His liberal purse relieves the lame and blind. So when the Thracian furies Orpheus tore, Judiciously thy halfpence are beltow'd, And left his bleeding trunk deform’d with gore, Where the laborious beggar (weeps the road. His sever'd head floats down the silver tide, Whate'er you give, give ever at demand, His yet warm tongue for his loft confort cry'd; Nor let old age long stretch his pally'd hand. Eurydice with quivering voice he mourn'd, Those who give late are importun'd cach day, And Heber's banks Eurydice return'd.
And still are teas'd because they still delay. 460 But now the westero gale the flood unbinds, If e'er the miser durst his far things spare, And blackening clouds move on with warmer He thinly spreads them through the public square, winds;
400 | Where, all beside the rail, rang'd beggars lie, The wooden town its frail foundation leaves, And from each other catch the doleful cry; And Thames' full urn rolls down his plenteous With Heaven, for two-pence, cheaply wipes his waves;
score, From every pent-house streams the fleeting Lifts up his eyes, and hastes to beggar more. snow,
Where the brals-knocker, wrapt in flannel band, And with dissolving froß the pavements flow. Forbids the thunder of the tootman's hand ; Experienc'd men, inur’d to city ways,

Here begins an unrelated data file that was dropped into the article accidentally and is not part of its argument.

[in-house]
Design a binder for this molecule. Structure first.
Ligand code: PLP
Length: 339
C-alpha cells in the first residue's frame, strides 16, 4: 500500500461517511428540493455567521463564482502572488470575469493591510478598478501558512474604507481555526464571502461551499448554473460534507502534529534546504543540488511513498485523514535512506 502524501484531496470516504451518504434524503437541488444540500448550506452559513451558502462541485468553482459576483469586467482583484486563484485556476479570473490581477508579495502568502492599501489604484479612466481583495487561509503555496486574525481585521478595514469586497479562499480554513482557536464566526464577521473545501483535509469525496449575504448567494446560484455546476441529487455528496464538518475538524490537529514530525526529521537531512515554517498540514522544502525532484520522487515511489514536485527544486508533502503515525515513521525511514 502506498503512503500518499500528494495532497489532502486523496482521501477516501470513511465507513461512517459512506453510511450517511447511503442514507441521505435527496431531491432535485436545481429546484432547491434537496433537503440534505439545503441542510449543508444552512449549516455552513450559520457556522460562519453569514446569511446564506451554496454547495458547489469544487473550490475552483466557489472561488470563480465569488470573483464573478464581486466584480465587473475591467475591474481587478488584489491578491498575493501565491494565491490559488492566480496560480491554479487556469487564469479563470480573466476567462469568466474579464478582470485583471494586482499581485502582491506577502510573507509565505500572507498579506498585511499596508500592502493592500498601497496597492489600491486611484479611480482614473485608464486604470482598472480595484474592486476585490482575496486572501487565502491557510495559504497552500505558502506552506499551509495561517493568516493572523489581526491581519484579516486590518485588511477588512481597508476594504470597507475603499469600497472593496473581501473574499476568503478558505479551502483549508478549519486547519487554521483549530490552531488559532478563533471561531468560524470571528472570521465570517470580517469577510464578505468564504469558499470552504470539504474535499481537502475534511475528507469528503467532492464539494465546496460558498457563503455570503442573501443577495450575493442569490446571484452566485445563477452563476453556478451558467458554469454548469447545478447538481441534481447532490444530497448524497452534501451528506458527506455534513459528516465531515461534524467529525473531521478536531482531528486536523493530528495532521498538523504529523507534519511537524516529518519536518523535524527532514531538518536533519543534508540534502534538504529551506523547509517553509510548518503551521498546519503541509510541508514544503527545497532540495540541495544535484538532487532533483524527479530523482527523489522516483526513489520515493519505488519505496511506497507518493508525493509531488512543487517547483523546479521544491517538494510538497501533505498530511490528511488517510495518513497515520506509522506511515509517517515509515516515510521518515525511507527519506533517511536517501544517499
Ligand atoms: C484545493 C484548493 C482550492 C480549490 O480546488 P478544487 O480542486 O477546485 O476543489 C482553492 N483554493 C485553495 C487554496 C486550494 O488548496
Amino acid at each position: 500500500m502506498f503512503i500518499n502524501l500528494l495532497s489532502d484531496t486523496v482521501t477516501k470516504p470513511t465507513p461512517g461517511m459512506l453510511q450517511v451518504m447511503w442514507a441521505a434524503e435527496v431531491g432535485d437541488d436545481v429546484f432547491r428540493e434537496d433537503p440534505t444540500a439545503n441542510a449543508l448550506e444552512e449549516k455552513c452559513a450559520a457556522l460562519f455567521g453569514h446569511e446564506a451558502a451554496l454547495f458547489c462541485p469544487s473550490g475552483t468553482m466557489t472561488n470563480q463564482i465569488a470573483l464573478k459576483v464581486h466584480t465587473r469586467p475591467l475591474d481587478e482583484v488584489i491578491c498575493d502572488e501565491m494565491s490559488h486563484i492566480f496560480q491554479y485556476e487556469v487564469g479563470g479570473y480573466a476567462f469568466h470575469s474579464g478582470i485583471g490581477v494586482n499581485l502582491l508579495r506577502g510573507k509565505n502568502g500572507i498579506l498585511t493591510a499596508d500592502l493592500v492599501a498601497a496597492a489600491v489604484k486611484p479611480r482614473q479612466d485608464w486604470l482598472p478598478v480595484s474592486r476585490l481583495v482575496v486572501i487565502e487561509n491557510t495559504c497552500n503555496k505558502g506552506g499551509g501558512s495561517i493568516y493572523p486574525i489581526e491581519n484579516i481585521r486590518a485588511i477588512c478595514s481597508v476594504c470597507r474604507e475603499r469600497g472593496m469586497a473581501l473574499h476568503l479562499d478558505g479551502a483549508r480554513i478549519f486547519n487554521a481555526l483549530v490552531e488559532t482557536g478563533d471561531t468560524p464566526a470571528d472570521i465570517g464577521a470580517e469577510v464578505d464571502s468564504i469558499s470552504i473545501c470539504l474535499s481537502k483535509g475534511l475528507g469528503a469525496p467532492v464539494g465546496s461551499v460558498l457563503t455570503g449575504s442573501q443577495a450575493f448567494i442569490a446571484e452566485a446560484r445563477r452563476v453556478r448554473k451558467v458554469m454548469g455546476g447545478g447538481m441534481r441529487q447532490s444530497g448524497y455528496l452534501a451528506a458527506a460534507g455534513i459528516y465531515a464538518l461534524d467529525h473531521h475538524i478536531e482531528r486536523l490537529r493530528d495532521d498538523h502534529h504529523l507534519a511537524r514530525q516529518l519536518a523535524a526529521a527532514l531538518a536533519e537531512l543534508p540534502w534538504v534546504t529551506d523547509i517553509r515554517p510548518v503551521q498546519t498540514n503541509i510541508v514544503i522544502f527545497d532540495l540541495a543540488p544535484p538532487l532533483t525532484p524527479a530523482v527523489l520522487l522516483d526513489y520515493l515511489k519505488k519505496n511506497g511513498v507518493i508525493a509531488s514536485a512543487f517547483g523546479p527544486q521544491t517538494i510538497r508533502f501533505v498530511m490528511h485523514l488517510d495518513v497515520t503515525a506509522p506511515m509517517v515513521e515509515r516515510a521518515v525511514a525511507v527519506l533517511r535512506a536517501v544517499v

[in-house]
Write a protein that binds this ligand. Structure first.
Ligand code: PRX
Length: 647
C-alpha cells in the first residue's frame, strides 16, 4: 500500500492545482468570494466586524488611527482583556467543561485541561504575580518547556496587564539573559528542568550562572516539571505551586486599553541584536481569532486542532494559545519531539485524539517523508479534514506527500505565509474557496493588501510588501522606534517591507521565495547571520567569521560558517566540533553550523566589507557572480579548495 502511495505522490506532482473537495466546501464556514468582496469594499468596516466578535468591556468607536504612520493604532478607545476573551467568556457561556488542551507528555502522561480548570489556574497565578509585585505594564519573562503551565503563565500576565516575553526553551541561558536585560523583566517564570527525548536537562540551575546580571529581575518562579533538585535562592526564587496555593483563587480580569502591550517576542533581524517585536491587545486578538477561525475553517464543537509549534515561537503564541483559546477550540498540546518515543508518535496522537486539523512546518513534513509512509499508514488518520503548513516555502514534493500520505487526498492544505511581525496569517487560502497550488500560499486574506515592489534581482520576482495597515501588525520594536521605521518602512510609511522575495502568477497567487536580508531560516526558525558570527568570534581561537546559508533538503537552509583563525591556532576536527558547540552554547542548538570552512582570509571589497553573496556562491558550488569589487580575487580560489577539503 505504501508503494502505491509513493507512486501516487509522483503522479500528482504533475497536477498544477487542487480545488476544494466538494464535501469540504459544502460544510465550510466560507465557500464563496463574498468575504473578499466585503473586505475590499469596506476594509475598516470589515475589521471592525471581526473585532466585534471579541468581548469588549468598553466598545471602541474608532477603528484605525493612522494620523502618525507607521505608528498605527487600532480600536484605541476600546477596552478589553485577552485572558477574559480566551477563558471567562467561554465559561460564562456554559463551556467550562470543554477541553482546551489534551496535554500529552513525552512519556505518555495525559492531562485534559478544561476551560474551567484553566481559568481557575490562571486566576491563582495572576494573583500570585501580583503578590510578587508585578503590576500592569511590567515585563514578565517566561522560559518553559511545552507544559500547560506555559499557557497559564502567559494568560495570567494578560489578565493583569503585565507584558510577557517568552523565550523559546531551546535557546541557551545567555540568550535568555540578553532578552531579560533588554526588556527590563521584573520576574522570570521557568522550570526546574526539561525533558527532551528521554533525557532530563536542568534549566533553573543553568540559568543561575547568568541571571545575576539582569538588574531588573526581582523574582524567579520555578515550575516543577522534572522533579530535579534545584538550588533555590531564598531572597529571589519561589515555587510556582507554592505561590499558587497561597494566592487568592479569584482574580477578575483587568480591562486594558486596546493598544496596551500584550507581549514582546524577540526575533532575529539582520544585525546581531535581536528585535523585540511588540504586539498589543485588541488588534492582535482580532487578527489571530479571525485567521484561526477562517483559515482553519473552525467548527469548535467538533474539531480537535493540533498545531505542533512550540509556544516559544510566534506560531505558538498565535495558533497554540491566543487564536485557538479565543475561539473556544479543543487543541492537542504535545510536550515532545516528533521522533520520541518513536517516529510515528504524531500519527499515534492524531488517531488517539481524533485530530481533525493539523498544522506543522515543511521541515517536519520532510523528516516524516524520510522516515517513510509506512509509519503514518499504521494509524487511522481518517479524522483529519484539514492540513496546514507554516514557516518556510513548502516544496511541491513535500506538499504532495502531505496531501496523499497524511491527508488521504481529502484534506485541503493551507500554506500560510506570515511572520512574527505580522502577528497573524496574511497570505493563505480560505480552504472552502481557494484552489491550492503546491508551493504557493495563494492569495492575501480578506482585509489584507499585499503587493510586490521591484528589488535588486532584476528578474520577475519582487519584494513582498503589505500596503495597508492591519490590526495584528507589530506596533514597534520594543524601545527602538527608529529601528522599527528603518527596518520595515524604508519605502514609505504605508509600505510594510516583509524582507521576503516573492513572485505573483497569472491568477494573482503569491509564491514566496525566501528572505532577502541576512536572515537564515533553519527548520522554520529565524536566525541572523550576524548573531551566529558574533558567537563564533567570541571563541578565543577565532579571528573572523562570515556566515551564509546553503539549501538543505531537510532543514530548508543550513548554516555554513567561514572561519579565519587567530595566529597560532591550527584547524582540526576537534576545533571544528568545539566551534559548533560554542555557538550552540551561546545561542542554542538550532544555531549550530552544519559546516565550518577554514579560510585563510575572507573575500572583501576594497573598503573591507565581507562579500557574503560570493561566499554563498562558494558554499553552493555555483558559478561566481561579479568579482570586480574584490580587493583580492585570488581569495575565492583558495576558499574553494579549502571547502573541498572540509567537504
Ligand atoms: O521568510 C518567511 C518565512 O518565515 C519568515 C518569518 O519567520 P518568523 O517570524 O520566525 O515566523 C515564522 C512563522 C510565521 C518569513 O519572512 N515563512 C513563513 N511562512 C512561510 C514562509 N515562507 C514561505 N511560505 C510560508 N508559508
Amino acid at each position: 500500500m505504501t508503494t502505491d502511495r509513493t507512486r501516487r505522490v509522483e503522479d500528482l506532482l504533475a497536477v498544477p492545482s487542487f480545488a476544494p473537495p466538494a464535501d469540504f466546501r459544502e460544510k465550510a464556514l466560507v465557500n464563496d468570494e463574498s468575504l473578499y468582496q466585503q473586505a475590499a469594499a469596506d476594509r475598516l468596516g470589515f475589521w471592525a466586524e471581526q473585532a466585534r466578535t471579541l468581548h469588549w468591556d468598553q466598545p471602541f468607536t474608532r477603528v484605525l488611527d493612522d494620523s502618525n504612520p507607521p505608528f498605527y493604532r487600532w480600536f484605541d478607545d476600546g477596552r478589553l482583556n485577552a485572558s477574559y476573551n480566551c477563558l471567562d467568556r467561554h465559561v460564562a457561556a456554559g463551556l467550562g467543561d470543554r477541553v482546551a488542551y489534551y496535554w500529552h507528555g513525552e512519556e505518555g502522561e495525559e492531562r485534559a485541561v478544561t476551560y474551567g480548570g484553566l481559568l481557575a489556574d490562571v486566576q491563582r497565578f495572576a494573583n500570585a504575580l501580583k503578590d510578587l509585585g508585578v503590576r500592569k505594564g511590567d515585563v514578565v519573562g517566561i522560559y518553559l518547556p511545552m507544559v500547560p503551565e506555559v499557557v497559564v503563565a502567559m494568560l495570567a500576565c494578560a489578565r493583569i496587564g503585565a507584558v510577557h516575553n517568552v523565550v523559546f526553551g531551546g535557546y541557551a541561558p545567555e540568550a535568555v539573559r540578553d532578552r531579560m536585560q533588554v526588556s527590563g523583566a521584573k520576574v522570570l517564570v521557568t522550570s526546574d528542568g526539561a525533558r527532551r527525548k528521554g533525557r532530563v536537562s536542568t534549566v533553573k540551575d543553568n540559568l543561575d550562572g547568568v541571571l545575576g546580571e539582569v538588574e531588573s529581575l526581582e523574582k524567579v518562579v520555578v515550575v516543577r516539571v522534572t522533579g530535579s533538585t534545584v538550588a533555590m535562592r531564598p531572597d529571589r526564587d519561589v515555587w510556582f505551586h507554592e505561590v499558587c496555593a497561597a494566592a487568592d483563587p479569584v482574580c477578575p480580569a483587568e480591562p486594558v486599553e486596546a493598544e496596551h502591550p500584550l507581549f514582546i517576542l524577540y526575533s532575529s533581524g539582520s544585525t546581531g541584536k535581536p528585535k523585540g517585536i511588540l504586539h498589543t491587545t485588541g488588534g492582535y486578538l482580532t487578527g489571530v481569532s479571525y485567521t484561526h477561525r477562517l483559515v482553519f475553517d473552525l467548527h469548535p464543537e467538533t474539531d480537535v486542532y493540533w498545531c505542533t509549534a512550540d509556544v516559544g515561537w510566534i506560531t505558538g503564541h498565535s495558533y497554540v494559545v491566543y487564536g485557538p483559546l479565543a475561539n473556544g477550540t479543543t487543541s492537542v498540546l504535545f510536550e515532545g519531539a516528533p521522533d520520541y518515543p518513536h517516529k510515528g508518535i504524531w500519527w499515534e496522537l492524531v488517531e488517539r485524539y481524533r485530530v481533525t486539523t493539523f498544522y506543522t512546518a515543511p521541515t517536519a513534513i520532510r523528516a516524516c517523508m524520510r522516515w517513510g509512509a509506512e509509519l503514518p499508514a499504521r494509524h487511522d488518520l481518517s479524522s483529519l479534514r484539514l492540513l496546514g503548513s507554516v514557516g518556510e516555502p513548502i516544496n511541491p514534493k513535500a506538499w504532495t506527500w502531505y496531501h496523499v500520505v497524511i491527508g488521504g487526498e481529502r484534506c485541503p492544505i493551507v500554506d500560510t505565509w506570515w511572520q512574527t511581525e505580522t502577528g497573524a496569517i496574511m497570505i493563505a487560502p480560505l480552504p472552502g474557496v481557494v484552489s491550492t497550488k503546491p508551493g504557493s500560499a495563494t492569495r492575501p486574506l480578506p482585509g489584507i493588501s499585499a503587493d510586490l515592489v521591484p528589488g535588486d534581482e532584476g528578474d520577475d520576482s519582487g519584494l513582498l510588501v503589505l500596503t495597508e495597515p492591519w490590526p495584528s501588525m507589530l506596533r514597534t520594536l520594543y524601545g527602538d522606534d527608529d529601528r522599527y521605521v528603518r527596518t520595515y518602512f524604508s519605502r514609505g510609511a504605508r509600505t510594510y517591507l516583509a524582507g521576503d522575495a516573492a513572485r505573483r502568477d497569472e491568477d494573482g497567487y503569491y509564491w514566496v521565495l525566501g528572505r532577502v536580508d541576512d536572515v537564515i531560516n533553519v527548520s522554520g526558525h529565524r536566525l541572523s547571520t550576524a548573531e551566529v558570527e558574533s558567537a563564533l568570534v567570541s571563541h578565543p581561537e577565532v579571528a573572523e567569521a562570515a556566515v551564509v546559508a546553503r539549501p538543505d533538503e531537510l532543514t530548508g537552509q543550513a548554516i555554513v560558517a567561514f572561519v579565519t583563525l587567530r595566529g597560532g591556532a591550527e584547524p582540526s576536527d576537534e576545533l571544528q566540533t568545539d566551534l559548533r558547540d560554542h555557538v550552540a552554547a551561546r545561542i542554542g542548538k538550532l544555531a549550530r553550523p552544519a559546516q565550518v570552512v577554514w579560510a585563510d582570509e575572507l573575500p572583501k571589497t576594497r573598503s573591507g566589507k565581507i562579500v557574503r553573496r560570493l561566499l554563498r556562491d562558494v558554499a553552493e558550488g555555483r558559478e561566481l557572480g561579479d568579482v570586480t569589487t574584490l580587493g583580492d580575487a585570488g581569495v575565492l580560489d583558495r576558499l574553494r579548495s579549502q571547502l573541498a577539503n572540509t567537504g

Th' upholder, rueful harbinger of death, Need not the calendar to count their days. Waits with impatience for the dying breath ; 470 When through the town with flow and folemn air, As vultures o'er a camp, with hovering flight, Led by the noftril, walks the muzzled bear; Snuff up the future carnage of the fight. Behind him moves, majestically dull,
Here canit thou pass, unmindful of a prayer, The pride of Hockey-hole, the surly bull. 410 That Heaven in mercy may thy brother spare ? Learn hence the periods of the week to name, Come, Fortescue, fincere, experienc'd friend, Mondays and Thursdays are the days of game. Thy briefs, thy deeds, and ev'n thy fees fufpend; When fishy falls with double ttore are laid ; C me let us leave the Temple's silent walls, The golden-belly'd carp, the broad-fion'd maid, Me businels to my distant lodging calls; Red fpeckled trouts, the salmon's silver jowl, Through the long Strand together let us stray; The jointed lobster, and unscaly foal,
With thee converfing, I forget the way. 480 And lufcwus 'scallops to allure the tastes
Echold that narrow itreet which steep descends, Of rigid zealots to delicious fafts;
Whose building to the fimy thore ex'ends, Wednesdays and Fridays you'llob'erve from hence, | Here Arundel's fam'd Itructure rear'd its frame, Days when our fires were doom'd to abftinence. The street alone retains the empty name.
When dirty waters from balconies drop, 421, Where Titian's gloyving paint the canvas warm'd, And dext'rous damsels cwirl the sprinkling mop, And Raphaei's fair design, with judgment, charm’d, And cleanse the sparcer'd fash, and scrub the stairs ; Now hangs the bellman's song, and pasted here Koow Saturday's conclusive morn appears. The colour'd prints of Overtun appear.